On February 7, 1911 real estate developer James F. Moore died, leaving behind an estate valued in the millions.
Part of his estate was his house at 1326 Pennsylvania Avenue. After its predictably varied history through more than a century, his house is one of the few survivors of the mansions of Quality Hill.
The twenty-six-room house was designed by L. B. Weinman and built in 1906 at a cost of $20,000 ($510,000 today). Weinman (who lived at 1311 Pennsylvania Avenue) also designed the John B. Laneri house on Jennings Avenue and the mansion of millionaire cattleman C. A. O’Keefe on Summit Avenue. Clip is from the December 24, 1905 Telegram.
From Greater Fort Worth, 1907.
Moore was born in Texas in 1856 and moved to Fort Worth before 1880. In the 1910 census he listed himself as “capitalist.” Living with Moore and his family were a chambermaid, cook, and yardman.
Moore was often listed in the “Real Estate Transfers” column of the local newspapers, buying and selling property. In this clip from the July 14, 1901 Register note the purchase of land by Northern Texas Traction Company in the Sarah Jennings Survey, probably for NTTC’s Lake Erie generating plant and trolley park at Handley. Its interurban line would open in eleven months.
Temperance hotels were popular at the time. Again Moore’s architect was L. B. Weinman. This clip is from the December 29, 1902 Telegram.
Moore also was listed often in the “Building Permits” column. Clip is from the November 27, 1905 Dallas Morning News. His office was in his Moore Building at 1100 Main Street.
In 1909 Moore bought three lots in Hell’s Half Acre for redevelopment.
His house was often the setting for gatherings of Fort Worth society.
But Moore died in February 1911 at age forty-four. (Eight months later fellow capitalist Winfield Scott of Thistle Hill across the street died.) Clip is from the February 8 Star-Telegram.
Moore’s Red Men lodge brothers were requested to attend his funeral at his residence. Like many men of his time, Moore belonged to more than one fraternal lodge (Eagles and Red Men).
Five years later another funeral was held at the house. Moore’s widow had married E. A. Jackson in 1912, but she and Jackson were killed in 1916 when their car was hit by a train north of town. Their funeral was held at the Moore house.
But the house was the scene of a happier event in 1919 when Moore’s daughter Ella and the boy across the street were married in the house. Note that by 1919 the value of the Moore estate was $2 million ($27 million today).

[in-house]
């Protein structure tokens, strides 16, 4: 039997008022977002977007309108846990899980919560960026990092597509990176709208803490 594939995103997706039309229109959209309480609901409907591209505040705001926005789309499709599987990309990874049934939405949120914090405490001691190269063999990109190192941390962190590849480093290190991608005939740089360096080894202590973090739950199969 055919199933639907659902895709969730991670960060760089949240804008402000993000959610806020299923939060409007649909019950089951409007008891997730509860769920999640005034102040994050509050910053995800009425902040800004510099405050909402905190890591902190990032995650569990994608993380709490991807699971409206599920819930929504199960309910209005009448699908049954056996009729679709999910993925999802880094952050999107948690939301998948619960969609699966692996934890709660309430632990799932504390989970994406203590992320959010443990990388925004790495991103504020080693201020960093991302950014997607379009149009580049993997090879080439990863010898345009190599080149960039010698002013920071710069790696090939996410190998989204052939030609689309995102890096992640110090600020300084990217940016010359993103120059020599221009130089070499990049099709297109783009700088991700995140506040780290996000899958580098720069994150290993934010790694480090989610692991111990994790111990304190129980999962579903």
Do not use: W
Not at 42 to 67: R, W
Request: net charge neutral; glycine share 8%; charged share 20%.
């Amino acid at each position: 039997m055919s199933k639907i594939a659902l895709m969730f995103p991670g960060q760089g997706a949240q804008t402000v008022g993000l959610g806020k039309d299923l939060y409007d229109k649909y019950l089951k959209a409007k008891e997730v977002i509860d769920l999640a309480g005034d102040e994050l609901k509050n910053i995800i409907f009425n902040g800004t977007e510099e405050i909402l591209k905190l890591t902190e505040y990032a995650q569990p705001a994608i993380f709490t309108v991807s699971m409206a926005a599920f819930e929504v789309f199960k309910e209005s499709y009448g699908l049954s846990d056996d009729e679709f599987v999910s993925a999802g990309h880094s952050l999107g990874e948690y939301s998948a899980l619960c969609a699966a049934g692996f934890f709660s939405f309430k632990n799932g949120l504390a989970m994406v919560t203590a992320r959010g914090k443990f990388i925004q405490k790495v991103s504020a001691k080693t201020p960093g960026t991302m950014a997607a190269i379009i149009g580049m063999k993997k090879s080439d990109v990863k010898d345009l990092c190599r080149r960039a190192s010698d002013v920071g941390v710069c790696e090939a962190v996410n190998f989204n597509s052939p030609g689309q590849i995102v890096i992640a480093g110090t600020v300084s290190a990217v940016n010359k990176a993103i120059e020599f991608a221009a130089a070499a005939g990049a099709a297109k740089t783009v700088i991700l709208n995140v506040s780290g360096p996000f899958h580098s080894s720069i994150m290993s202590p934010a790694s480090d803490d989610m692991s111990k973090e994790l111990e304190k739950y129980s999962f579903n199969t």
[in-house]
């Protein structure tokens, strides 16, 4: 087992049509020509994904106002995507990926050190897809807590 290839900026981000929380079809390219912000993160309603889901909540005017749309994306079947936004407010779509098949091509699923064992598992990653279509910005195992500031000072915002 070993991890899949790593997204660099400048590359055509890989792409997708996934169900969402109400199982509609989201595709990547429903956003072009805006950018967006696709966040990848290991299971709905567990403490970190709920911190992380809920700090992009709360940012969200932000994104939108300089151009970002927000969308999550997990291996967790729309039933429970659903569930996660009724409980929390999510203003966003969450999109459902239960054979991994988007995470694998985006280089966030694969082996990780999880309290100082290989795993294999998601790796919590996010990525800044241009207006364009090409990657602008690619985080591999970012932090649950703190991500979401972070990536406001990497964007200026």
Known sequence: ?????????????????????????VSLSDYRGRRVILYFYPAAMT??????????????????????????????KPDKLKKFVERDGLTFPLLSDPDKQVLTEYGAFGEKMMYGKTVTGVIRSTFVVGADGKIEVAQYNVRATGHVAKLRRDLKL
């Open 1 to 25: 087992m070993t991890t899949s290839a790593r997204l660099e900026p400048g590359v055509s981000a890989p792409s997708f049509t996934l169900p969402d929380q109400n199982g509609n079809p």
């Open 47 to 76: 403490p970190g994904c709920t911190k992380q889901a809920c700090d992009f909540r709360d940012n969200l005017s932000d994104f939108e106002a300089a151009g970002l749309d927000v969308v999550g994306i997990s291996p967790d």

But by 1920 the house was for sale.
In 1923 the house was acquired to become the living quarters of nurses who worked at Baptist Hospital across Ballinger Street.
In 1929 the Moore house, in which had been held the funerals of at least three people, was bought by Robertson-Mueller-Harper and converted into a funeral home. (The nearby mansion of cotton broker Neil P. Anderson at 1251 Pennsylvania Avenue had been converted into Gause-Ware Funeral Home in 1923.) In an article on a page of the Star-Telegram topped by the section header “The Viewpoint of the Feminine World,” the provenance of the Moore house was not mentioned. The new facility was called a “funeral temple.”
This ad in the 1951 city directory features the Moore house. But in 1953 the Woman’s Club of Fort Worth bought the “temple” and added it to the club’s block-long compound on Pennsylvania Avenue.
Note the FA phone prefix in the 1951 Robertson-Mueller-Harper ad. The FAnnin prefix was created in 1950 along with EDison, WIlson, VAlley, and WAyside. Fort Worth had begun using telephone number prefixes in 1910.
Some views of the James F. Moore house:
At Oakwood Cemetery the next residence of James F. Moore was downsized but still substantial.
I always enjoy your postings. This one is particularly interesting since I am in and out of this building frequently as I go to club meetings. It is still quilte spectacular.
Thank you. And thanks to the Woman’s Club of Fort Worth for keeping the Moore property from becoming another medical district parking lot.
Wonderful shots of the present day, thanks, how fun would it be to see it sandblasted to brick so every detail was noticeable.
Thanks. I am so used to seeing that house whitewashed that I forget its original state.
Died of acute rheumatism? At 44?